Edited by Jeremy Russell
December 22, 1997
The International HACCP Alliance is Working for YOU!
The International Meat and Poultry HACCP Alliance was formed in 1994 as an industry step to help meet the challenges related to mandatory HACCP. Today, the HACCP Alliance continues to foster the development of HACCP systems from farm to table to ensure improved public health. It provides a forum where issues are deliberated and represents a very diverse group of members and can bring representatives from industry, academia, and government together to work on common goals.
The HACCP Alliance board has 21 directors representing all segments of the industry, and conducts meetings bi-annually. The current members includes over 120 members from industry associations, universities, professional societies, the government and third party/private companies from twelve different countries. Individual meat and poultry establishments are represented by their industry associations; therefore, individual establishments are not listed as HACCP Alliance members. However, we strongly encourage committee participation and input from all represented establishments.
The founders of the HACCP Alliance recognized the critical need to standardize industry-wide HACCP training efforts, develop a uniform position on implementing HACCP, and work cooperatively with USDA’s Food Safety and Inspection Service (FSIS). Several options were explored by the HACCP Alliance relating to the standardization of HACCP training. The HACCP Alliance board agreed that the most important aspect of HACCP training is the course topics and content. Therefore, core outlines were developed for approval and a system for accrediting training providers that followed the core outlines was developed. To date, five standardized curricula have been developed, over 20 training programs have been accredited, and over 100 individuals have been approved as lead instructors.
It should be noted that the HACCP Alliance does not provide training courses, except for co-sponsoring train-the-trainer courses. Therefore, HACCP training is open to all training providers and the Alliance’s role is to promote the core curricula, encourage lead instructor approval and course accreditation.
The HACCP Alliance also developed ten generic models for USDA which can serve as resources for establishments to use when they are developing their individual HACCP plans. The HACCP
Alliance has also coordinated the dissemination of FSIS training materials and organized FSIS industry training programs on Sanitation Standard Operating Procedures and on HACCP. The first industry HACCP training program was held in College Station, TX on December 2-5, 1997, and industry participants were pleased with the program. Due to the number of requests, a second program is scheduled for January 13-15, 1998, in College Station.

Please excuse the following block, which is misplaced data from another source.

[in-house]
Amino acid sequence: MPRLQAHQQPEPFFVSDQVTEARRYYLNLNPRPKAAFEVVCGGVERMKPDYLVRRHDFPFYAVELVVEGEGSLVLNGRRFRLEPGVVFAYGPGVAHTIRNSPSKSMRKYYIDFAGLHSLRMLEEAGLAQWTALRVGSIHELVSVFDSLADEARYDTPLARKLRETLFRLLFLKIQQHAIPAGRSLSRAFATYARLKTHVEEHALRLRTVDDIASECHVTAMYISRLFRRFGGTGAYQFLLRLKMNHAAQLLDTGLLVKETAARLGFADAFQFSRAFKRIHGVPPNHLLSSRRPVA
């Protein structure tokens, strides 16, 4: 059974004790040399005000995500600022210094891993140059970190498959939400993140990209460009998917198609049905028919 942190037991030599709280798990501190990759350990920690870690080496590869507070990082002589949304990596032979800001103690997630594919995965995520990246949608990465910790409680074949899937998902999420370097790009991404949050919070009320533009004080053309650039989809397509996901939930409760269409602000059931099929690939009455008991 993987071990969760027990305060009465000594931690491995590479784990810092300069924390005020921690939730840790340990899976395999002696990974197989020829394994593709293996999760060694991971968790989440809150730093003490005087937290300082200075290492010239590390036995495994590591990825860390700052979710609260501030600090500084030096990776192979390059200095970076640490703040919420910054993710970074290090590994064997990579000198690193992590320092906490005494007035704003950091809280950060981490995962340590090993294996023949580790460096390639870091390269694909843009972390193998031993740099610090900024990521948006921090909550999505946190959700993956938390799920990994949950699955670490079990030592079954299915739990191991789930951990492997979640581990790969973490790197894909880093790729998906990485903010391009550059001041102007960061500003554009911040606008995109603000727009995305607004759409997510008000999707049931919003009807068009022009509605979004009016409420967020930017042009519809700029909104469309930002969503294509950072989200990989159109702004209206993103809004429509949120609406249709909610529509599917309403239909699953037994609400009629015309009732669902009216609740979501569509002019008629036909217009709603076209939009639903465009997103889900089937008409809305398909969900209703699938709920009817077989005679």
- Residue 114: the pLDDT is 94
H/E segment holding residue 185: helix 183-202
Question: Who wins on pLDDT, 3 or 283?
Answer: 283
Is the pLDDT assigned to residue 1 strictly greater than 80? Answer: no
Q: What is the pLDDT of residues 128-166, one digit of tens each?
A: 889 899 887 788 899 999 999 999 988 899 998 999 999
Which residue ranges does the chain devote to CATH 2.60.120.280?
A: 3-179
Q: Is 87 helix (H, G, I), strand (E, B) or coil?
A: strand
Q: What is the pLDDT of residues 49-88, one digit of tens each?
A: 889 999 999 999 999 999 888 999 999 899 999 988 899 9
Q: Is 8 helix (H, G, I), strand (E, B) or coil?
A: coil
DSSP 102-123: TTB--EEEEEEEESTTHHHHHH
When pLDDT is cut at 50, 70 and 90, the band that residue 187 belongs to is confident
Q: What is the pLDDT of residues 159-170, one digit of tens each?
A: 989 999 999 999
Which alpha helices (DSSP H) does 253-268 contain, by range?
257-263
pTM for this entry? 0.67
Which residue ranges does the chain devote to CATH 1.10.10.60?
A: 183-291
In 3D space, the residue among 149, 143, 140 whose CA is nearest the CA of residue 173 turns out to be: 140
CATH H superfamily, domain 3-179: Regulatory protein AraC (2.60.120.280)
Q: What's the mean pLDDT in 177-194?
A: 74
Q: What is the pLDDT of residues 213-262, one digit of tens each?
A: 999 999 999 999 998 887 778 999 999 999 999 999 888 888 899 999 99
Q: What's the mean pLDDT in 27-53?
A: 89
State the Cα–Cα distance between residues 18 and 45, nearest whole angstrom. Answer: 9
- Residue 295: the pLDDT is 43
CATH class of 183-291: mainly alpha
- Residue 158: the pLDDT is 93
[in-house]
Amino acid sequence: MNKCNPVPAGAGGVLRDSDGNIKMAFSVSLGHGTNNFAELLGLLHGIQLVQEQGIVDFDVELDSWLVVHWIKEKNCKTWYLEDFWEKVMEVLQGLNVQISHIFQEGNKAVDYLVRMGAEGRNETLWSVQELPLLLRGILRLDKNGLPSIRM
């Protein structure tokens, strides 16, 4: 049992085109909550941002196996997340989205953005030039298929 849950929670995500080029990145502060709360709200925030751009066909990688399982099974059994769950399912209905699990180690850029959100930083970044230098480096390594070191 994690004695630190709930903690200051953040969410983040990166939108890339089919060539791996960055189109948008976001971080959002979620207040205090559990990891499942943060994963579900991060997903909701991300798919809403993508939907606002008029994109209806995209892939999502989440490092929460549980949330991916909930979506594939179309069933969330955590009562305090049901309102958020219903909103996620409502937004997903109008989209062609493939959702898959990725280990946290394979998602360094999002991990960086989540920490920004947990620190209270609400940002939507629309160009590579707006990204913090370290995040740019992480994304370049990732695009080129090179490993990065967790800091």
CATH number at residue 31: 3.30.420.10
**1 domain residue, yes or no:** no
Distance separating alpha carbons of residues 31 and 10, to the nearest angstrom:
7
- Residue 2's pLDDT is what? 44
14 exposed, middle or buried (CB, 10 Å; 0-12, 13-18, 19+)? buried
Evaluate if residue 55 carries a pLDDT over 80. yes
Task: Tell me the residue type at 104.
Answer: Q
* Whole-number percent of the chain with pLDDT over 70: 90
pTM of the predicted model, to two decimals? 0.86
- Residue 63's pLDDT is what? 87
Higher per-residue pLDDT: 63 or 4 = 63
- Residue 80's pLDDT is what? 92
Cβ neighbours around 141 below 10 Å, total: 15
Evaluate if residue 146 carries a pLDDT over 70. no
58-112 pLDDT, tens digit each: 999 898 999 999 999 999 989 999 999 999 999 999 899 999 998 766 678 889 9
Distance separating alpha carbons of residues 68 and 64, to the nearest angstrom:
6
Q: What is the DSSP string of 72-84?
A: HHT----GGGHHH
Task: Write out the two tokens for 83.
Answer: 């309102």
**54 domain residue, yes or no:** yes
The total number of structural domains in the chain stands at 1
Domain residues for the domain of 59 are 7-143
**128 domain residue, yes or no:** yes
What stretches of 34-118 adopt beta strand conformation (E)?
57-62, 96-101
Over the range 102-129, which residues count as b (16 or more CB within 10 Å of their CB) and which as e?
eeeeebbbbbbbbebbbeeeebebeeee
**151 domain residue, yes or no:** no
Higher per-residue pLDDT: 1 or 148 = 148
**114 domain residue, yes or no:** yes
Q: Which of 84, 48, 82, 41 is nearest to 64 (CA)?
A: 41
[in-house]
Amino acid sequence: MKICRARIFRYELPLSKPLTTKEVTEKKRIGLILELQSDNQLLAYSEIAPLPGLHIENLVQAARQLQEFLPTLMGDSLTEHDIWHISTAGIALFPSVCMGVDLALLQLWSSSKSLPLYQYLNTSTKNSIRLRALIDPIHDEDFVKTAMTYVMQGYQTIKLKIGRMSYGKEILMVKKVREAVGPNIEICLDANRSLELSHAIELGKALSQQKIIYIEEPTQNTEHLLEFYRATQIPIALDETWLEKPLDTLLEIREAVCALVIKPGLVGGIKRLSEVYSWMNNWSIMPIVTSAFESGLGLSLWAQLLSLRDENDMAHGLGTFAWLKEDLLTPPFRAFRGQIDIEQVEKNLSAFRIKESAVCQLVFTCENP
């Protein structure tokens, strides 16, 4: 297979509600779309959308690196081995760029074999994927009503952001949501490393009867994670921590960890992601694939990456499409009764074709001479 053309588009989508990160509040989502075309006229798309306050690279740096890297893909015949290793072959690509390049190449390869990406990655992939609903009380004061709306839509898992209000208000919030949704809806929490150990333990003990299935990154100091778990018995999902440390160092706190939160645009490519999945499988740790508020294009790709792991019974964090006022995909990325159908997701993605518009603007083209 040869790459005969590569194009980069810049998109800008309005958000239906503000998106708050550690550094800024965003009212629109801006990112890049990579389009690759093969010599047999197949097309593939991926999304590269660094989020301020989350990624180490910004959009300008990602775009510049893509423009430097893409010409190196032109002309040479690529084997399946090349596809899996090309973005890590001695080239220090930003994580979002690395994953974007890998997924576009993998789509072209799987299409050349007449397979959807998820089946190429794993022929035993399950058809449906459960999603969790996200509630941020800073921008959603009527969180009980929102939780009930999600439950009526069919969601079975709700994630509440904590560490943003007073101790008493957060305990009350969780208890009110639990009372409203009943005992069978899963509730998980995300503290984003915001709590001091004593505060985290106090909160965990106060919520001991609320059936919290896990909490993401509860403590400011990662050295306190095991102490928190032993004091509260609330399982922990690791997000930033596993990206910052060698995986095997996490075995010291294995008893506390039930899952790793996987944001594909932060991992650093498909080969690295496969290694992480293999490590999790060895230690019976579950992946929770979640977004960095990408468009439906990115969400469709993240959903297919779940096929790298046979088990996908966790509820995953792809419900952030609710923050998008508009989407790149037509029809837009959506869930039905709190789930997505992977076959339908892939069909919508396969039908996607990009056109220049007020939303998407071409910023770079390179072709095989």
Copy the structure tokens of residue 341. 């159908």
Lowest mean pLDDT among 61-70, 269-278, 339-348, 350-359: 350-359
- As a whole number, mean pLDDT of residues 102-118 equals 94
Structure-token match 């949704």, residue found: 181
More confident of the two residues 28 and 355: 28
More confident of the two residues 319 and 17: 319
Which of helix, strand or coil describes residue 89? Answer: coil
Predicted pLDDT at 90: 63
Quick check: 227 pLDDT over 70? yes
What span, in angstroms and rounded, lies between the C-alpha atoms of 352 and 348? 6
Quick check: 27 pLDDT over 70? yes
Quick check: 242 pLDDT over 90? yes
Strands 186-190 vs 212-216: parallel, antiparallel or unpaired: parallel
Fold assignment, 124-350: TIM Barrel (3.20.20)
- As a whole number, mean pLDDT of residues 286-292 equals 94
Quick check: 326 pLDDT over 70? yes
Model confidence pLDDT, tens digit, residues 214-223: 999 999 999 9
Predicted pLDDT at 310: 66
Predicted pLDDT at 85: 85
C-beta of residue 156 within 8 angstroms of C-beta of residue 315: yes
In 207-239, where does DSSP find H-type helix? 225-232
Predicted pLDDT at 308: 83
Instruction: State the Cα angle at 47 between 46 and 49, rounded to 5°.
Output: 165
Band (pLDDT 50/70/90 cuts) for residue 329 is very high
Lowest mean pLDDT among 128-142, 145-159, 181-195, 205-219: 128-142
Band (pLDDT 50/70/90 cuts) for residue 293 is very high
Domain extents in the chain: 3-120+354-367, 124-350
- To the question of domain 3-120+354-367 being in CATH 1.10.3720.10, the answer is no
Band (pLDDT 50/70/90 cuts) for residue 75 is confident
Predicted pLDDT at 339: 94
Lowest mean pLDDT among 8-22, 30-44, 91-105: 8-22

While many steps have been taken toward the original goals of the HACCP Alliance, there are still many accomplishments yet to be made. The HACCP Alliance is dedicated to serving the industry and we are looking forward to working for you in the future.
For more information about the International Meat and Poultry HACCP Alliance, you may access the home page (URL inset) or contact Dr. Kerri B. Harris, Executive Director, 120 Rosenthal, Texas A&M University, College Station, TX 77843-2259, phone: 409/862-2036, fax: 409/862-3075.
FSIS HACCP IMPLEMENTATION MEETING
FSIS held its first of four HACCP Implementation Meetings in Washington, DC last Tuesday. The meeting was chaired by Dr. Catherine Woteki, Under Secretary for Food Safety, joined by FSIS Administrator Tom Billy, Deputy Administrator for Operations Dr. Mark Mina, and other agency leaders representing Public Health & Science, Inspection Operations and Enforcement.
Over 200 attendees included representatives of many companies that will come under the HACCP implementation scheduled for January 26, 1998, Washington lawyers and representatives of some of the large firms, trade association leaders and technical staff, and consumer activist representatives.
Additional implementation meetings, all starting at 8:00 a.m., will be held:
January 14 Hotel Savery, Des Moines, IA
January 16 Four Points Hotel, Denver, CO
January 21 Holiday Inn Select, Memphis, TN
Register by telephone 202-501-7136
A lot of information and back-up materials were provided at last week’s meeting, including:
FSIS Directive 5400.5 - 11/21/97 - Inspection System Activities
(This is a 14-page directive providing procedures, forms and instructions for the new system and the Inspection System Procedure Guide for SSOPs and HACCP, Economic/Wholesomeness, Sampling and Other)
FSIS Directive 5000.1 - 11/21/97 - Enforcement of Regulatory Requirements in Establishments Subject to the HACCP System Regulations (This is a 34-page directive providing instructions to inspection program personnel for reviewing an establishment’s HACCP plan and otherwise enforcing 9 CFR part 417.)
Issue Paper: Rules of Practice. This describes a draft proposed rule to amend and consolidate regulations about the refusal, syspension or withdrawal of inspection.
Issue Paper: Public Release of Salmonella Testing Results. This provides FSIS’s views on release of Salmonella testing data collected by FSIS.
Issue Paper: Strategy for Salmonella Testing. This states the agency’s strategy.
Issue Paper: What will be the Next Steps Re: Zero Tolerance. This elaborates further the establishment of Zero Tolerance as a CCP.
Issue Paper: Requirements for the Contents of HACCP Plans. This describes that GMPs referenced in HACCP plans is insufficient to meet Part 417; and that every plan must contain at least one CCP for each food safety hazard identified as reasonably likely to occur.
Many issues and concerns were raised and discussed during the meeting. Some of them are discussed in Lean Trimmings, NMA’s Weekly Newsletter which can be accessed through NMA’s website.